All I’ve ever heard anyone say about Gouna is that it’s “man-made.” It lacks the natural beachiness of Dahab and is just a little too clean for some people’s taste.
“Even the jellyfish are probably manufactured,” a friend of mine once told me.
Undeterred, I joined Jamie on a quick three-day trip that really ought to have been longer.
We arrived on a Wednesday, fresh off a jolting flight, to find no airport transportation. We’d booked a room at the Sheraton, so I hadn’t anticipated getting stranded at the airport. A Sheraton driver explained that we’d have to wait for some delayed passengers if we wanted to take the shuttle we’d booked, or he could arrange a cab for us at 175LE, cheaper than the hotel shuttle. We opted for the cab, which spirited us across vast, rocky plains of burnt sienna until suddenly, there was Gouna. The Red Sea was barely visible from beyond the compound walls, a thin blue stripe in the distance. But the Sheraton planted us right on the beach, with blue views and Popsicle stick umbrellas.
It was late and we were famished. The hotel had informed us that they could arrange shuttle transport into town, for a cost. (Everything was for a cost at the Sheraton. It was 20 LE to play pool for 30 minutes and they kept trying to bill me for the shuttle we didn’t take from the airport. You’d think a ritzy hotel chain wouldn’t need to pick its guests pockets. Yeesh.)
The shuttle dropped us off in the middle of nowhere, downtown. We were looking for the aquarium, which was near the restaurant I’d reserved for dinner, but the driver didn’t seem to know.
“Aquarium?” I asked, miming fish gills on my cheeks.
“Yes, here,” he’d replied, gesturing to the empty parking lot we stood in.
Luckily, Gouna’s downtown is small, so we quickly found the aquarium and Puddle Duck, our dining facilities for the evening, just where it promised it would be. It was small, cozy, and expensive, but worth it. It didn’t help that we each had a three-course meal, but might as well go all out on vacation, right?
Gouna’s downtown isn’t thumping clubs and throngs of drunks. Its bars lined a very open pedestrian street and offered ample seating, beers, and twinkling lights. It reminded me of Mykonos. Jamie and I played pool on a hexagon table at a nearby Irish pub, which proved difficult for me. Jamie excelled, as usual.
We ended the evening at a sports bar with a real pool table, where we gained an audience of two young Egyptian boys who enjoyed watching me win – as they should. Normally, unsupervised children bother me, but these kids were totally into playing a game of pool, so we suggested doubles. They didn’t quite understand, so we gave over the table and watched them play. They were actually pretty good. A few times, the manager came over and scolded them.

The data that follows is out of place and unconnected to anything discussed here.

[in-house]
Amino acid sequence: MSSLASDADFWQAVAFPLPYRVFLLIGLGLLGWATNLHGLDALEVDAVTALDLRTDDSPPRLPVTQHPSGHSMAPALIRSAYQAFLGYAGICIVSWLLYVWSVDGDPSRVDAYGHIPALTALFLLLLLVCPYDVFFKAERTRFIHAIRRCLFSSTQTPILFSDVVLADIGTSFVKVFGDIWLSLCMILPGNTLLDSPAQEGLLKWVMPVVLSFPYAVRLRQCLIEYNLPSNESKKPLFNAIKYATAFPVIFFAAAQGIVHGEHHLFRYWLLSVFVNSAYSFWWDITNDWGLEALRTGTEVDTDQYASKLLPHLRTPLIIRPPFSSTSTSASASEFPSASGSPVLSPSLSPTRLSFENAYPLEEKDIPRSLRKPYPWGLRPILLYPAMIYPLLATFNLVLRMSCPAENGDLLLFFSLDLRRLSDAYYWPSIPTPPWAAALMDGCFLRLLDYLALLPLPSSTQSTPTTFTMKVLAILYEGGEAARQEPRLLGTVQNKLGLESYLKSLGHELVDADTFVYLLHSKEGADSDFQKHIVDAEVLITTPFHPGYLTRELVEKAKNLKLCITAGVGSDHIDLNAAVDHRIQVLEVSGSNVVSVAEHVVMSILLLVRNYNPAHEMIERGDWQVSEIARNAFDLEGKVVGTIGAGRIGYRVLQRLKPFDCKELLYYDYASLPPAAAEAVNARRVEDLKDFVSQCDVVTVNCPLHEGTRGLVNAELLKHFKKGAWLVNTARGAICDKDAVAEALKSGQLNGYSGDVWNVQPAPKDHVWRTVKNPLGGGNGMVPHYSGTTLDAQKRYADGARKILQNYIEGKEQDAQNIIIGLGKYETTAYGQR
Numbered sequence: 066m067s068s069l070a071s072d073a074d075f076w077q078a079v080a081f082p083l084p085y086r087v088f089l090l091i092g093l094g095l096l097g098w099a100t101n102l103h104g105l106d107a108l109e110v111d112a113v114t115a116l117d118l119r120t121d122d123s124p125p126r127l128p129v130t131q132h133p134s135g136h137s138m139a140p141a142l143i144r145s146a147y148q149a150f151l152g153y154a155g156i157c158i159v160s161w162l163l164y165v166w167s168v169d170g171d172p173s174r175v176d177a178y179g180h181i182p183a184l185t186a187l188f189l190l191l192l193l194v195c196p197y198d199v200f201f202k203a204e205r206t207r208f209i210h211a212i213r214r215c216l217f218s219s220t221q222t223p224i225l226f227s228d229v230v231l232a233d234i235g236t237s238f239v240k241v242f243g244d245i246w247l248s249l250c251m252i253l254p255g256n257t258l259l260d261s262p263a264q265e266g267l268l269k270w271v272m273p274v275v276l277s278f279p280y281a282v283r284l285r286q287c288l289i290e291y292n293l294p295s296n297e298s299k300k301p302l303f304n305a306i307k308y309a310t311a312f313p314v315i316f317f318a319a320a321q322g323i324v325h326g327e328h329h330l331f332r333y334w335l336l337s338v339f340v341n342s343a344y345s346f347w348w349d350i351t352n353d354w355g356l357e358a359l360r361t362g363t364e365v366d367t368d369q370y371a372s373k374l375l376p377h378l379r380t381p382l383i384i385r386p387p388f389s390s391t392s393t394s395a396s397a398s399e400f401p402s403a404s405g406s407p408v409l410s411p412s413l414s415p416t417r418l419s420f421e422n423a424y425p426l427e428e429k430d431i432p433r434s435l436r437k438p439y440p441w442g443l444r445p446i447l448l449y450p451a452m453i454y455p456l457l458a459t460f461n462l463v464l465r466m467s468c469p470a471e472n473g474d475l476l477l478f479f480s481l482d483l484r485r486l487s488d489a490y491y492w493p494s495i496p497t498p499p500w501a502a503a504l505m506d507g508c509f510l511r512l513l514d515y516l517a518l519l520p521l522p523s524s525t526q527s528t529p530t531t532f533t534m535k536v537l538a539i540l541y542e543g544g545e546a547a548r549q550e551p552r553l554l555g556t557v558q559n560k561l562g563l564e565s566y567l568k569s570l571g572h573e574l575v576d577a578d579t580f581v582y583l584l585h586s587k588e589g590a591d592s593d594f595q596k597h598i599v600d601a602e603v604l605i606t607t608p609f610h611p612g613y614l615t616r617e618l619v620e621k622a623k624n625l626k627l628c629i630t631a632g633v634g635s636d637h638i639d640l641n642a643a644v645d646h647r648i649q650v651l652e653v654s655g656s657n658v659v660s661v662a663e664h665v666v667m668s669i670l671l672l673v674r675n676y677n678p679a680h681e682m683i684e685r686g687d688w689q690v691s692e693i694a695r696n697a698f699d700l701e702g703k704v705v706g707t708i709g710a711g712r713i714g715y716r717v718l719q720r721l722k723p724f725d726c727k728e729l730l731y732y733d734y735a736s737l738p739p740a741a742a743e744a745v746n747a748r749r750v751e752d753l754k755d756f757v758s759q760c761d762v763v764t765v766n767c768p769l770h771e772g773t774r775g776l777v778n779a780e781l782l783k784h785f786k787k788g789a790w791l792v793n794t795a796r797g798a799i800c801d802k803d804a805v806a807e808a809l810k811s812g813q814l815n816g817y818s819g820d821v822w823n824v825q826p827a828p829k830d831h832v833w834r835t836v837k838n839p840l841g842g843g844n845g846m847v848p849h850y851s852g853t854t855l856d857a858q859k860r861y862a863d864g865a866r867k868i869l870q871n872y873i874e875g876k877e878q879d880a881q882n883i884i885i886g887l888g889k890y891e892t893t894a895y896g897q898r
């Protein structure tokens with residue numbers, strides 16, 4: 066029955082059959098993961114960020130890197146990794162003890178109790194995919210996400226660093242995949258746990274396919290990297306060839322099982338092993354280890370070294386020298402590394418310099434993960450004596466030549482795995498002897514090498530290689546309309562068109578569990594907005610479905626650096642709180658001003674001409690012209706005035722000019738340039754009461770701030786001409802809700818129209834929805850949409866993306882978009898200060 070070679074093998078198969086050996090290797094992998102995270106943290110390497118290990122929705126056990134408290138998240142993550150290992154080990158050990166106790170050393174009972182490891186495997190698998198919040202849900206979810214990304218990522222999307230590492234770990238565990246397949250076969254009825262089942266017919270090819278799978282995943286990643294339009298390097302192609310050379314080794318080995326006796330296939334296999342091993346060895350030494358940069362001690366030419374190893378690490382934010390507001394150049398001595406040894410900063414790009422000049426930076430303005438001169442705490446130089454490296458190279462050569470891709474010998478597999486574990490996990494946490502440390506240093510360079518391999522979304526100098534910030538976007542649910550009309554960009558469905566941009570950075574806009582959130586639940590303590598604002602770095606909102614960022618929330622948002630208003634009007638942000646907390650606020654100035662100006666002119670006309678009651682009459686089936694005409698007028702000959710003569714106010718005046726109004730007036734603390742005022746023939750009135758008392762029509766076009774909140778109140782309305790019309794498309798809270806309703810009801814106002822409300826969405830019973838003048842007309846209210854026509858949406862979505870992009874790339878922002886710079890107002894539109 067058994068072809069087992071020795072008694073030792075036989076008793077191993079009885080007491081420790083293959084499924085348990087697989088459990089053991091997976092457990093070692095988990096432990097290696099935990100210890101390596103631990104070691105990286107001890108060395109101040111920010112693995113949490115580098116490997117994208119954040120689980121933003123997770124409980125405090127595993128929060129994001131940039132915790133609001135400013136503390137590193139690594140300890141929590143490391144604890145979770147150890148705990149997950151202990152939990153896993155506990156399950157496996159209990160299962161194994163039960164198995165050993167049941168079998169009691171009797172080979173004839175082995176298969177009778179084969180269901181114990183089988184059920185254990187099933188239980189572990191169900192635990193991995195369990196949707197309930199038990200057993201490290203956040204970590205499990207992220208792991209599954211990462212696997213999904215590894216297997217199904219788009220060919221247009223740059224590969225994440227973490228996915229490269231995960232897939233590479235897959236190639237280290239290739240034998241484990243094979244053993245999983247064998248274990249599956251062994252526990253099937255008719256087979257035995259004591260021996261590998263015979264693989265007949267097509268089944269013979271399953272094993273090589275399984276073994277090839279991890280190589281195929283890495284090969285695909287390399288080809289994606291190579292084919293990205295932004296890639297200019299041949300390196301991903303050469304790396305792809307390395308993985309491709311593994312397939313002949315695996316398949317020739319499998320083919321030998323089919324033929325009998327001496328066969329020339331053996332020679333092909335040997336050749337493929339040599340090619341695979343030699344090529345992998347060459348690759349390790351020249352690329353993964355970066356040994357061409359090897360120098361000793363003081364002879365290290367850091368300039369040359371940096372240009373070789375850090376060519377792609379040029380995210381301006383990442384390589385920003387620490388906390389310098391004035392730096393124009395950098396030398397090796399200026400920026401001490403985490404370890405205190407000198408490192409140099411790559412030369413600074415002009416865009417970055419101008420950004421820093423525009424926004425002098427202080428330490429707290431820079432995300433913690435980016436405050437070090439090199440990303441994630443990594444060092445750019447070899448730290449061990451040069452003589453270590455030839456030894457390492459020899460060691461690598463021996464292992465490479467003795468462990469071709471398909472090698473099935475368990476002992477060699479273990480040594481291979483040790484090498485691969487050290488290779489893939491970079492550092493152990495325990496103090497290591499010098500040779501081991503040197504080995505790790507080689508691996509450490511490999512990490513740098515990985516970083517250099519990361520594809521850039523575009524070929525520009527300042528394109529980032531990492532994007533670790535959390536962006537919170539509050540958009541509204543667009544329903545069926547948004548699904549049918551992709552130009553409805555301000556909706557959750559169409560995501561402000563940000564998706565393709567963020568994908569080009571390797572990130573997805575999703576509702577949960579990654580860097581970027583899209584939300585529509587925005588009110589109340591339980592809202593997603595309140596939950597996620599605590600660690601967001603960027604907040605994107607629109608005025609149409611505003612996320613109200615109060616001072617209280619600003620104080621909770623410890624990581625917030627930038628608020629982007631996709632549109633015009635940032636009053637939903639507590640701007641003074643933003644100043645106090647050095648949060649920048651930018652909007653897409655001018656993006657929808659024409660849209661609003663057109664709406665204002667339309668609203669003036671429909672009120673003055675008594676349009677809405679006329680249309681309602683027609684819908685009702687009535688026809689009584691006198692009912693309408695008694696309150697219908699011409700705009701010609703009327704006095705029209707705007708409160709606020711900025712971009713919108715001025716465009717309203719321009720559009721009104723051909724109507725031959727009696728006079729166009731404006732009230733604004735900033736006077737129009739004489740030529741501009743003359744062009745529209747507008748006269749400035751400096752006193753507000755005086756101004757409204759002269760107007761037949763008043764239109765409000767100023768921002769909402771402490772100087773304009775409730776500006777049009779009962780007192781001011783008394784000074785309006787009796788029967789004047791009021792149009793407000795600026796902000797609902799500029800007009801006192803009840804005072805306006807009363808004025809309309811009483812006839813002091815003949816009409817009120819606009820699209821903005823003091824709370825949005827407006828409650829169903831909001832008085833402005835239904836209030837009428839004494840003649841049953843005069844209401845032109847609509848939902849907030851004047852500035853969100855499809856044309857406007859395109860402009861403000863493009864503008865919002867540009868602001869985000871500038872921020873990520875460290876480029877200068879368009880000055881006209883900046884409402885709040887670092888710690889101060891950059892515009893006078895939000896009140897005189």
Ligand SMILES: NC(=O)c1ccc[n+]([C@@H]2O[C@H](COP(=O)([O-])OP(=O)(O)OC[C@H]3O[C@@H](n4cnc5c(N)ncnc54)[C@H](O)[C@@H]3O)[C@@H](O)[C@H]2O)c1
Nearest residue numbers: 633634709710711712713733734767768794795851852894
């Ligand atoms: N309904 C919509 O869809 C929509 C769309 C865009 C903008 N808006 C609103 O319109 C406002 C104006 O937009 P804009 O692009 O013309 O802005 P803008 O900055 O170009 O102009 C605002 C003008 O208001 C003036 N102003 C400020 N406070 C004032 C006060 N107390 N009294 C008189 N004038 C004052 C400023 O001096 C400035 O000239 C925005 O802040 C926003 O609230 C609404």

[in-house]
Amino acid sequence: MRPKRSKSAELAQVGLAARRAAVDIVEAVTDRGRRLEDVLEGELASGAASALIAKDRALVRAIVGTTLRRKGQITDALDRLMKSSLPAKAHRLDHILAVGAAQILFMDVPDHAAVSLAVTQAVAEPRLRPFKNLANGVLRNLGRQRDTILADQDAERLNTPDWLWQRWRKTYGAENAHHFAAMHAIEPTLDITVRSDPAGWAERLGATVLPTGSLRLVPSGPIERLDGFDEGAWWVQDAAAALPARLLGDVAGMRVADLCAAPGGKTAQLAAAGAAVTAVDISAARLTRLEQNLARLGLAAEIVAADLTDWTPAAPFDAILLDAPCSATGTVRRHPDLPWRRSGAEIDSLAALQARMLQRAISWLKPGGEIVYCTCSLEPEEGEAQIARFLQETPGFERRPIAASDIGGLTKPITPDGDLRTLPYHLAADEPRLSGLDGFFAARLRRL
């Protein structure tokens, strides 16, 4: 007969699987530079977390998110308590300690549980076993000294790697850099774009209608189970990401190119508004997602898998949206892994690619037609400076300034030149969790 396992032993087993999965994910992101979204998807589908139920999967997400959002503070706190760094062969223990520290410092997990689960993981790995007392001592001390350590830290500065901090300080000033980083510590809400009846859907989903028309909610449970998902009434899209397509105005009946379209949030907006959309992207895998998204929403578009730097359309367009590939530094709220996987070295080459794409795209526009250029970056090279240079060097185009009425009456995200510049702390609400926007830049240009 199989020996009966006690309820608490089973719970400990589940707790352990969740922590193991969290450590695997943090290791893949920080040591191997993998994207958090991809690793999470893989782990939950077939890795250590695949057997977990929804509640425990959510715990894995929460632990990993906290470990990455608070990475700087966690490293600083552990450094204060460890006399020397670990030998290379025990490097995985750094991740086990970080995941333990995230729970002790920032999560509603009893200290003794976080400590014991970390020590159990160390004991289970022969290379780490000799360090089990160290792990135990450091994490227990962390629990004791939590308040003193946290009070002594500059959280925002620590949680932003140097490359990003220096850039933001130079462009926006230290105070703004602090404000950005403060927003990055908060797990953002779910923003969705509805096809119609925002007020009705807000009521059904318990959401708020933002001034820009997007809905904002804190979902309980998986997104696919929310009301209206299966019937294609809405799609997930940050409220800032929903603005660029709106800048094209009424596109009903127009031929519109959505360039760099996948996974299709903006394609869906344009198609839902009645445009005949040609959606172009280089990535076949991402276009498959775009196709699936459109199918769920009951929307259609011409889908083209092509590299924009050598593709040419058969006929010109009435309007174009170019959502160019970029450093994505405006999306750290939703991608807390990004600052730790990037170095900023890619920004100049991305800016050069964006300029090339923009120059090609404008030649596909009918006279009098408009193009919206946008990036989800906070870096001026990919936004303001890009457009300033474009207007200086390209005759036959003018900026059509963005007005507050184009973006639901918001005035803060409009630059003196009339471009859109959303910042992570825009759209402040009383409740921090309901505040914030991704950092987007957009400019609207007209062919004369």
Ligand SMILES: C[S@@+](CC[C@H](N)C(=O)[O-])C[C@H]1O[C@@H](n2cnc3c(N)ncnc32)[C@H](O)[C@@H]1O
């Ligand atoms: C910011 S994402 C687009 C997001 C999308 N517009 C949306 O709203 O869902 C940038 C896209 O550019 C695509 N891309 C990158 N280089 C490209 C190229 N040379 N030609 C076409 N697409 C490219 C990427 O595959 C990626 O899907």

“Please,” he’d said to me, gesturing that we were able to use the table if we wanted to. We both declined, because sometimes good conversation over an interesting match of pool is more fun than actually playing the game. The better boy should’ve won, but he scratched on the 8. Jamie tried to explain this to him, but he wasn’t having it.
“I win!” he’d cry, throwing his hands up in the air.
“No, your friend won,” Jamie told him. “You lost.”
The friend, a littler boy, was very pleased.
On the following night, we journeyed to the Marina to check out those bars and restaurants, and spent a good deal of time at a place called Bartender, watching two very skilled men juggle liquor bottles a la Coyote Ugly. We drank a few cocktails there and watched a NatGeo special on crocodiles before venturing off to Le Garage, a garage-themed bar that required its staff to wear mechanic coveralls. Here, we sipped beers and talked about Shakespeare until it was time to take a tuktuk back to the Sheraton. (And if you visit Gouna, I’d recommend tuktuks over hotel shuttle service. Cheaper and open-air.)
We ended the trip much like the way we started. Out of sunblock but hoping for a final day on the beach, I’d gone into one of the hotel shops and plucked a bottle of SPF 30 off the shelf.
“How much?” I’d asked.
“130 LE.” (Close to $20.)
“What?? That’s ridiculous!”
“OK, OK. 115.”
“No way. You can get it cheaper on Road 9,” I concluded to his blank stare.
I marched out self-righteously. I shouldn’t have to haggle over sunscreen on my vacation, I reasoned. If the price had been marked somewhere, I probably wouldn’t have minded, but it seemed very likely that the man was just making things up.
In the end, we resorted to scraping the insides of Jamie’s sunscreen bottle.
“I’ll sacrifice myself for you,” he said, rubbing the last of it on my back. What a guy.
And then, wading out into the quiet lagoon, I didn’t really feel like I could complain about something so trivial.
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